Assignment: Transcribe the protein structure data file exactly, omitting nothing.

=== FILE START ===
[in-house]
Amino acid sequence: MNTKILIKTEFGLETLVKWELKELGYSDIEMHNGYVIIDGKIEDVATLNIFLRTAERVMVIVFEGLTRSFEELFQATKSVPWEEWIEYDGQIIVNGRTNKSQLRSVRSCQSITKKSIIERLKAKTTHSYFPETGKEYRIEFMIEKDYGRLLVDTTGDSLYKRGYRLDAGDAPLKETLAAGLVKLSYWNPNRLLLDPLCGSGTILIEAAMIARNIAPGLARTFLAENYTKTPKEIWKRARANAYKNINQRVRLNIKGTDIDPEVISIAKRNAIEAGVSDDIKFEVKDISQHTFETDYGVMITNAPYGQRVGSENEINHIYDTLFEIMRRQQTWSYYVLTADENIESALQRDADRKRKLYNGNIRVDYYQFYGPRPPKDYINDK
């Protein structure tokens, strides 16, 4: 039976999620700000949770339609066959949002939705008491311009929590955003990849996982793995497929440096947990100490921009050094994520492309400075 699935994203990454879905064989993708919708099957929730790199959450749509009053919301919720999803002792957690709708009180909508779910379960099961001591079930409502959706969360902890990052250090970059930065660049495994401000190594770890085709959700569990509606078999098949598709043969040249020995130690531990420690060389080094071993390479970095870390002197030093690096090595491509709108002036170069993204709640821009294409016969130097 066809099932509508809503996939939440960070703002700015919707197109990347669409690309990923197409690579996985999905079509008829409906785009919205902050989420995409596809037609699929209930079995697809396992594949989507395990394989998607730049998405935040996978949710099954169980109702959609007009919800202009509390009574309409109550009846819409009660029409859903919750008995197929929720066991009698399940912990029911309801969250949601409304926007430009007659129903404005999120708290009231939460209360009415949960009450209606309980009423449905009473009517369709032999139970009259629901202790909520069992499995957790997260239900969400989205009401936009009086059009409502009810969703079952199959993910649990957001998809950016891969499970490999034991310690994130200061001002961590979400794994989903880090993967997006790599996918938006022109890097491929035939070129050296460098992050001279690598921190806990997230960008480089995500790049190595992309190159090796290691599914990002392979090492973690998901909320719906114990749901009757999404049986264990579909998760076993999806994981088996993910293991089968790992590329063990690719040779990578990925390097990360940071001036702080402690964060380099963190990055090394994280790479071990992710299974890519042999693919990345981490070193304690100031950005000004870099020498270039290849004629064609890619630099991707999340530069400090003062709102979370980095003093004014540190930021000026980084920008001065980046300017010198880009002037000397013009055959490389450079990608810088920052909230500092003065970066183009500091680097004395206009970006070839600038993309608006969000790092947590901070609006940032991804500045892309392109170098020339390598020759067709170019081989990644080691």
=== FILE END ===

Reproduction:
[in-house]
Amino acid sequence: MNTKILIKTEFGLETLVKWELKELGYSDIEMHNGYVIIDGKIEDVATLNIFLRTAERVMVIVFEGLTRSFEELFQATKSVPWEEWIEYDGQIIVNGRTNKSQLRSVRSCQSITKKSIIERLKAKTTHSYFPETGKEYRIEFMIEKDYGRLLVDTTGDSLYKRGYRLDAGDAPLKETLAAGLVKLSYWNPNRLLLDPLCGSGTILIEAAMIARNIAPGLARTFLAENYTKTPKEIWKRARANAYKNINQRVRLNIKGTDIDPEVISIAKRNAIEAGVSDDIKFEVKDISQHTFETDYGVMITNAPYGQRVGSENEINHIYDTLFEIMRRQQTWSYYVLTADENIESALQRDADRKRKLYNGNIRVDYYQFYGPRPPKDYINDK
């Protein structure tokens, strides 16, 4: 039976999620700000949770339609066959949002939705008491311009929590955003990849996982793995497929440096947990100490921009050094994520492309400075 699935994203990454879905064989993708919708099957929730790199959450749509009053919301919720999803002792957690709708009180909508779910379960099961001591079930409502959706969360902890990052250090970059930065660049495994401000190594770890085709959700569990509606078999098949598709043969040249020995130690531990420690060389080094071993390479970095870390002197030093690096090595491509709108002036170069993204709640821009294409016969130097 066809099932509508809503996939939440960070703002700015919707197109990347669409690309990923197409690579996985999905079509008829409906785009919205902050989420995409596809037609699929209930079995697809396992594949989507395990394989998607730049998405935040996978949710099954169980109702959609007009919800202009509390009574309409109550009846819409009660029409859903919750008995197929929720066991009698399940912990029911309801969250949601409304926007430009007659129903404005999120708290009231939460209360009415949960009450209606309980009423449905009473009517369709032999139970009259629901202790909520069992499995957790997260239900969400989205009401936009009086059009409502009810969703079952199959993910649990957001998809950016891969499970490999034991310690994130200061001002961590979400794994989903880090993967997006790599996918938006022109890097491929035939070129050296460098992050001279690598921190806990997230960008480089995500790049190595992309190159090796290691599914990002392979090492973690998901909320719906114990749901009757999404049986264990579909998760076993999806994981088996993910293991089968790992590329063990690719040779990578990925390097990360940071001036702080402690964060380099963190990055090394994280790479071990992710299974890519042999693919990345981490070193304690100031950005000004870099020498270039290849004629064609890619630099991707999340530069400090003062709102979370980095003093004014540190930021000026980084920008001065980046300017010198880009002037000397013009055959490389450079990608810088920052909230500092003065970066183009500091680097004395206009970006070839600038993309608006969000790092947590901070609006940032991804500045892309392109170098020339390598020759067709170019081989990644080691």